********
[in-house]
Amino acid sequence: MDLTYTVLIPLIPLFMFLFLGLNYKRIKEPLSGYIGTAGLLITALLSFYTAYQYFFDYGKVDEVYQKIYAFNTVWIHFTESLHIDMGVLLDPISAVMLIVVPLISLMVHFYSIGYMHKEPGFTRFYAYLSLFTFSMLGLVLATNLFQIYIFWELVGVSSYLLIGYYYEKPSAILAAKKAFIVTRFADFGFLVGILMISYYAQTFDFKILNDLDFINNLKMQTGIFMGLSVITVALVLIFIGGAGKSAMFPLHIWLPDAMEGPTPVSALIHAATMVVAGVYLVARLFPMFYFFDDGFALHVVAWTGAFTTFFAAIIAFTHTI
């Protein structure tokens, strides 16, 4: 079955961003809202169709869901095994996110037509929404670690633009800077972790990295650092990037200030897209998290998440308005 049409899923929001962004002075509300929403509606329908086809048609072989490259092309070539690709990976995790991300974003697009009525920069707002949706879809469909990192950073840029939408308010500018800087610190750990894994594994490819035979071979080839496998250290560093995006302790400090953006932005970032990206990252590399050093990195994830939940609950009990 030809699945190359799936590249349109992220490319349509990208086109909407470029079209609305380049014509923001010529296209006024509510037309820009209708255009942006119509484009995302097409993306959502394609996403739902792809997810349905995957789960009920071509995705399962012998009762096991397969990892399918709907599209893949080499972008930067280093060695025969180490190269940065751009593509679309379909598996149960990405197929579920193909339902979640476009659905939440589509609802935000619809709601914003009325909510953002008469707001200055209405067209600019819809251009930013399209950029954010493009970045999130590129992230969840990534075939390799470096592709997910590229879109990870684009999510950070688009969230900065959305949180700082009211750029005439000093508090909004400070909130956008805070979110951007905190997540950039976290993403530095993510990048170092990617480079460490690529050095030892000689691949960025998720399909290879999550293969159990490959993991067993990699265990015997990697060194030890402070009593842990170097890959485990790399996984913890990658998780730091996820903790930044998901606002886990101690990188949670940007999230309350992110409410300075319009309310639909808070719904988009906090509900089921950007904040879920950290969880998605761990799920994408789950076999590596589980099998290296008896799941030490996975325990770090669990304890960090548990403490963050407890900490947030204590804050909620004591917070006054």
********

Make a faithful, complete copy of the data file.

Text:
[in-house]
Amino acid sequence: MDLTYTVLIPLIPLFMFLFLGLNYKRIKEPLSGYIGTAGLLITALLSFYTAYQYFFDYGKVDEVYQKIYAFNTVWIHFTESLHIDMGVLLDPISAVMLIVVPLISLMVHFYSIGYMHKEPGFTRFYAYLSLFTFSMLGLVLATNLFQIYIFWELVGVSSYLLIGYYYEKPSAILAAKKAFIVTRFADFGFLVGILMISYYAQTFDFKILNDLDFINNLKMQTGIFMGLSVITVALVLIFIGGAGKSAMFPLHIWLPDAMEGPTPVSALIHAATMVVAGVYLVARLFPMFYFFDDGFALHVVAWTGAFTTFFAAIIAFTHTI
């Protein structure tokens, strides 16, 4: 079955961003809202169709869901095994996110037509929404670690633009800077972790990295650092990037200030897209998290998440308005 049409899923929001962004002075509300929403509606329908086809048609072989490259092309070539690709990976995790991300974003697009009525920069707002949706879809469909990192950073840029939408308010500018800087610190750990894994594994490819035979071979080839496998250290560093995006302790400090953006932005970032990206990252590399050093990195994830939940609950009990 030809699945190359799936590249349109992220490319349509990208086109909407470029079209609305380049014509923001010529296209006024509510037309820009209708255009942006119509484009995302097409993306959502394609996403739902792809997810349905995957789960009920071509995705399962012998009762096991397969990892399918709907599209893949080499972008930067280093060695025969180490190269940065751009593509679309379909598996149960990405197929579920193909339902979640476009659905939440589509609802935000619809709601914003009325909510953002008469707001200055209405067209600019819809251009930013399209950029954010493009970045999130590129992230969840990534075939390799470096592709997910590229879109990870684009999510950070688009969230900065959305949180700082009211750029005439000093508090909004400070909130956008805070979110951007905190997540950039976290993403530095993510990048170092990617480079460490690529050095030892000689691949960025998720399909290879999550293969159990490959993991067993990699265990015997990697060194030890402070009593842990170097890959485990790399996984913890990658998780730091996820903790930044998901606002886990101690990188949670940007999230309350992110409410300075319009309310639909808070719904988009906090509900089921950007904040879920950290969880998605761990799920994408789950076999590596589980099998290296008896799941030490996975325990770090669990304890960090548990403490963050407890900490947030204590804050909620004591917070006054």